On December 1st, in a speech at West Point, the president laid out all the reasons why fighting the war in Afghanistan is a bad idea: It's expensive; we're in an economic crisis; a decade-long commitment would sap American power; Al Qaeda has shifted its base of operations to Pakistan.Then, without ever using the words "victory" or "win," Obama announced that he would send an additional 30,000 troops to Afghanistan, almost as many as Mc Chrystal had requested.

Mc Chrystal is in Paris to keep the French, who have lost more than 40 soldiers in Afghanistan, from going all wobbly on him. The general stands and looks around the suite that his traveling staff of 10 has converted into a full-scale operations center.

The tables are crowded with silver Panasonic Toughbooks, and blue cables crisscross the hotel's thick carpet, hooked up to satellite dishes to provide encrypted phone and e-mail communications.

After arriving in Afghanistan last June, the general conducted his own policy review, ordered up by Defense Secretary Robert Gates.

The now-infamous report was leaked to the press, and its conclusion was dire: If we didn't send another 40,000 troops – swelling the number of U. forces in Afghanistan by nearly half – we were in danger of "mission failure." The White House was furious.

"I was selling an unsellable position." For the general, it was a crash course in Beltway politics – a battle that pitted him against experienced Washington insiders like Vice President Biden, who argued that a prolonged counterinsurgency campaign in Afghanistan would plunge America into a military quagmire without weakening international terrorist networks.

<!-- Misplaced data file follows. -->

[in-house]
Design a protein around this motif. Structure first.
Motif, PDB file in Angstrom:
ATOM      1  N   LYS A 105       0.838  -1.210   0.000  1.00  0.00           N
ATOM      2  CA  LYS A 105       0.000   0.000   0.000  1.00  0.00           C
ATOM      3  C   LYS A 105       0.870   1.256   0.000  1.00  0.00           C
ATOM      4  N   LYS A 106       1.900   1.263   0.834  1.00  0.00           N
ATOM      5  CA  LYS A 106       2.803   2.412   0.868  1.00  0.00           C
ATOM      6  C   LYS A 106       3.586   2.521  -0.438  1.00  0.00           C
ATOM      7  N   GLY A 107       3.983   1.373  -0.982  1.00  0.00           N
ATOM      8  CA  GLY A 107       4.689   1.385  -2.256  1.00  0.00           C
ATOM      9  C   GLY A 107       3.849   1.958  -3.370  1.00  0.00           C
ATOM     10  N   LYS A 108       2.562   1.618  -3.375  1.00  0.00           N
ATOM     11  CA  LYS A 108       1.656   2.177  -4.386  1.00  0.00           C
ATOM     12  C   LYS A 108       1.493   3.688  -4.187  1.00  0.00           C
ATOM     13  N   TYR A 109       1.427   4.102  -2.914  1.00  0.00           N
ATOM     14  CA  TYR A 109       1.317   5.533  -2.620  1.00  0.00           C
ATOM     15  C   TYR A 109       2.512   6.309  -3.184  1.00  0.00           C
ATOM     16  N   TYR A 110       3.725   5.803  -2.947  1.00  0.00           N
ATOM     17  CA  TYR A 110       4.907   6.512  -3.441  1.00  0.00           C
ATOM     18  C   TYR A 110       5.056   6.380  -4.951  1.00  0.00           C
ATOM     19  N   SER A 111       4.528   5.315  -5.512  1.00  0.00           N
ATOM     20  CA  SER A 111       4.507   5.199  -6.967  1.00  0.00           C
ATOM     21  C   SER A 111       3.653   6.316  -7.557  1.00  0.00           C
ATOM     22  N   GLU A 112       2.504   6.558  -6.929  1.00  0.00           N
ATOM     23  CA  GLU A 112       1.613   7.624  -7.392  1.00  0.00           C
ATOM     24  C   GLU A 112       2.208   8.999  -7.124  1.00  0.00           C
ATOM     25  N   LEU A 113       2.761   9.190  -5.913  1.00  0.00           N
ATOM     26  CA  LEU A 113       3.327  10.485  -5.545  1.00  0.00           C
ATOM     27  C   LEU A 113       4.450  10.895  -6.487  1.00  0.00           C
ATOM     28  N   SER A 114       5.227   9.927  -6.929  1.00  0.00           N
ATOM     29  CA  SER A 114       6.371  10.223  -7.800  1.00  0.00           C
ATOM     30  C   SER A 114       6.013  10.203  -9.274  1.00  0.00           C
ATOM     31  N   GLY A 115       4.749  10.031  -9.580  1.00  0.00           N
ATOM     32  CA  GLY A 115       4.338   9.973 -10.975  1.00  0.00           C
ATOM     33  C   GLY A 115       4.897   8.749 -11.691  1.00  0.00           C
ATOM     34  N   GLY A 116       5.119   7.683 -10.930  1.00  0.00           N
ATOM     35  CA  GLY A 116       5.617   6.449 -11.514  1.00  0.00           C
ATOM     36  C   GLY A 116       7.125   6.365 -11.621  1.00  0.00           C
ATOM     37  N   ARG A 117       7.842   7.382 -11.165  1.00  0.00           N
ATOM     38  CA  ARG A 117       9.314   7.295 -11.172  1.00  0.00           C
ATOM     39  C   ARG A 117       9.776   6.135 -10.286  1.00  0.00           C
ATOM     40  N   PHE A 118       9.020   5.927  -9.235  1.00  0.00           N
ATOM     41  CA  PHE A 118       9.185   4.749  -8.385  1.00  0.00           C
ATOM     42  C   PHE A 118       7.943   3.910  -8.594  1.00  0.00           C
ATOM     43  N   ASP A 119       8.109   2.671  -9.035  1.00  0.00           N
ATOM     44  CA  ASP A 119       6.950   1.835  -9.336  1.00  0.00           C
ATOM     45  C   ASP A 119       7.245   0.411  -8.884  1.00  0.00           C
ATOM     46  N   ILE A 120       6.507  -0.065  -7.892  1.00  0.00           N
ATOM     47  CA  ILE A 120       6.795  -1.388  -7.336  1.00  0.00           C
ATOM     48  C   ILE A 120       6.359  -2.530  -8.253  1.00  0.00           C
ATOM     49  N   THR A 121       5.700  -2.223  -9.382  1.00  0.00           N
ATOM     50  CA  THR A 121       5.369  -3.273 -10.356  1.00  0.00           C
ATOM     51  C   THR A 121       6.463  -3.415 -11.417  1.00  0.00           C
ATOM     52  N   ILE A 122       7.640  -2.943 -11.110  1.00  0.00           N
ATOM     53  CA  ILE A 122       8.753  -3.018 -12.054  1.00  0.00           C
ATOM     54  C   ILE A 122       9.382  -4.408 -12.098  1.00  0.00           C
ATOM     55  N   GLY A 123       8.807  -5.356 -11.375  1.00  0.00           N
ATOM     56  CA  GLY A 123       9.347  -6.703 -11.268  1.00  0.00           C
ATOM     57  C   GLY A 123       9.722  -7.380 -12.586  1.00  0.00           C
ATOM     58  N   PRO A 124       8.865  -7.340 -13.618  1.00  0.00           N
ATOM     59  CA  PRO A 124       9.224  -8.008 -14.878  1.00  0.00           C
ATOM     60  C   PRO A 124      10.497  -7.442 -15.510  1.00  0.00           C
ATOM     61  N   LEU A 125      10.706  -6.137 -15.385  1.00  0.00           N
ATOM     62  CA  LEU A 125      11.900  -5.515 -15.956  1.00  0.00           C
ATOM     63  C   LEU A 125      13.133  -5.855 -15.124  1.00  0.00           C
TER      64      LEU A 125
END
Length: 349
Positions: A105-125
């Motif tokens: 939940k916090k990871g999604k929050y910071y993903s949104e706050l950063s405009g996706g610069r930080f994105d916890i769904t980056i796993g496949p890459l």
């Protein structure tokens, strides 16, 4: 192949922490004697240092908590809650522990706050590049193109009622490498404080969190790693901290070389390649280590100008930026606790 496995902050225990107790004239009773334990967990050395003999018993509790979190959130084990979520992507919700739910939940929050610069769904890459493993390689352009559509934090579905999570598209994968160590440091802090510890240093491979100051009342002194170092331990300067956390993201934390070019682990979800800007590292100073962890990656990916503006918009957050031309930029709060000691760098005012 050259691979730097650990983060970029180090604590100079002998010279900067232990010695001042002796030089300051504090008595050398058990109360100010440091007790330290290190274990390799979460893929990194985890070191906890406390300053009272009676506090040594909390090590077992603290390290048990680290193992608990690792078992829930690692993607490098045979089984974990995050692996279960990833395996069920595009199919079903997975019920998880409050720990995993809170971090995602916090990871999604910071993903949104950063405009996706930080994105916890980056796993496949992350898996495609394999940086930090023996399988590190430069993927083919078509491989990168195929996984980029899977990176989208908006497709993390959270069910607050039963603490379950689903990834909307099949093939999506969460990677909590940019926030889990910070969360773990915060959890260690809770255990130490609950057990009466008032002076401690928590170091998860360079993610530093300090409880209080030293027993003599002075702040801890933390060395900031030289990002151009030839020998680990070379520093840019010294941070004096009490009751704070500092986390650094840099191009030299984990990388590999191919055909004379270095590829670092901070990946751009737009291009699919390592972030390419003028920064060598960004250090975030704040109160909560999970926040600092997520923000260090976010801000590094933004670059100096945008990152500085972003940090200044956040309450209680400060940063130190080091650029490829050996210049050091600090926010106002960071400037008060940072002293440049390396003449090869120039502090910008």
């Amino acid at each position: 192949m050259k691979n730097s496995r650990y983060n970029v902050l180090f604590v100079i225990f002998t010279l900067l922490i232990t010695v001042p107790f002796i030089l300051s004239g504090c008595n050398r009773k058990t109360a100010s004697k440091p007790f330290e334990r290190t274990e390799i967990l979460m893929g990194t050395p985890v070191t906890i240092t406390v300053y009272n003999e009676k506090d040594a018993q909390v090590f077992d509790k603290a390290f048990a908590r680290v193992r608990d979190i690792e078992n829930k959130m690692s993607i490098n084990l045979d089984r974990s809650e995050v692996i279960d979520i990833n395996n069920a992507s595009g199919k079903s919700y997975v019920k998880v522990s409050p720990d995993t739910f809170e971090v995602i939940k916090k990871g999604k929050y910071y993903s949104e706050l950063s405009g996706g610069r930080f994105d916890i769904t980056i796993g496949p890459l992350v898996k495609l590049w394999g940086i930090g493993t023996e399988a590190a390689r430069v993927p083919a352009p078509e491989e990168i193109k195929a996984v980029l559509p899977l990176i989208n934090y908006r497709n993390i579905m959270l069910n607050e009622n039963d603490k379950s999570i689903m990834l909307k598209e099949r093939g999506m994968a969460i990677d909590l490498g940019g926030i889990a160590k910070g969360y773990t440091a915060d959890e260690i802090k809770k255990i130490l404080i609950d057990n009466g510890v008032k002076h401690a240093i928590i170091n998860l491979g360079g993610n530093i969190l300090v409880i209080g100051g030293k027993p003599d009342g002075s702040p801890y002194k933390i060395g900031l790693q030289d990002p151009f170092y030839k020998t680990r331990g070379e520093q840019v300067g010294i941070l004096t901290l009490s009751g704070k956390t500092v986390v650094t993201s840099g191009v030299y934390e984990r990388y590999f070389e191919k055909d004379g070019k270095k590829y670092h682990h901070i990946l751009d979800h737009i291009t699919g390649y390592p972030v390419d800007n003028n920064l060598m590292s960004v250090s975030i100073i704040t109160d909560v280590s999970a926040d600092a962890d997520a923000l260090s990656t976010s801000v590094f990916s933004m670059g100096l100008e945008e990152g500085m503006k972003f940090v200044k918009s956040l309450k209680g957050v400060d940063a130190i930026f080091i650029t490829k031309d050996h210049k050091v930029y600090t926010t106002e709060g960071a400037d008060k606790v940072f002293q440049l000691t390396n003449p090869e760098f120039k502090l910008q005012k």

"The entire COIN strategy is a fraud perpetuated on the American people," says Douglas Macgregor, a retired colonel and leading critic of counterinsurgency who attended West Point with Mc Chrystal."The idea that we are going to spend a trillion dollars to reshape the culture of the Islamic world is utter nonsense.In the end, however, Mc Chrystal got almost exactly what he wanted."I never know what's going to pop out until I'm up there, that's the problem," he says. Even though he had voted for Obama, Mc Chrystal and his new commander in chief failed from the outset to connect.Then, unable to help themselves, he and his staff imagine the general dismissing the vice president with a good one-liner. The general first encountered Obama a week after he took office, when the president met with a dozen senior military officials in a room at the Pentagon known as the Tank.Besides, the public eye has never been a place where Mc Chrystal felt comfortable: Before President Obama put him in charge of the war in Afghanistan, he spent five years running the Pentagon's most secretive black ops. "I'd rather have my ass kicked by a roomful of people than go out to this dinner," Mc Chrystal says. "It's fucking gay."The next morning, Mc Chrystal and his team gather to prepare for a speech he is giving at the École Militaire, a French military academy. "hen Barack Obama entered the Oval Office, he immediately set out to deliver on his most important campaign promise on foreign policy: to refocus the war in Afghanistan on what led us to invade in the first place.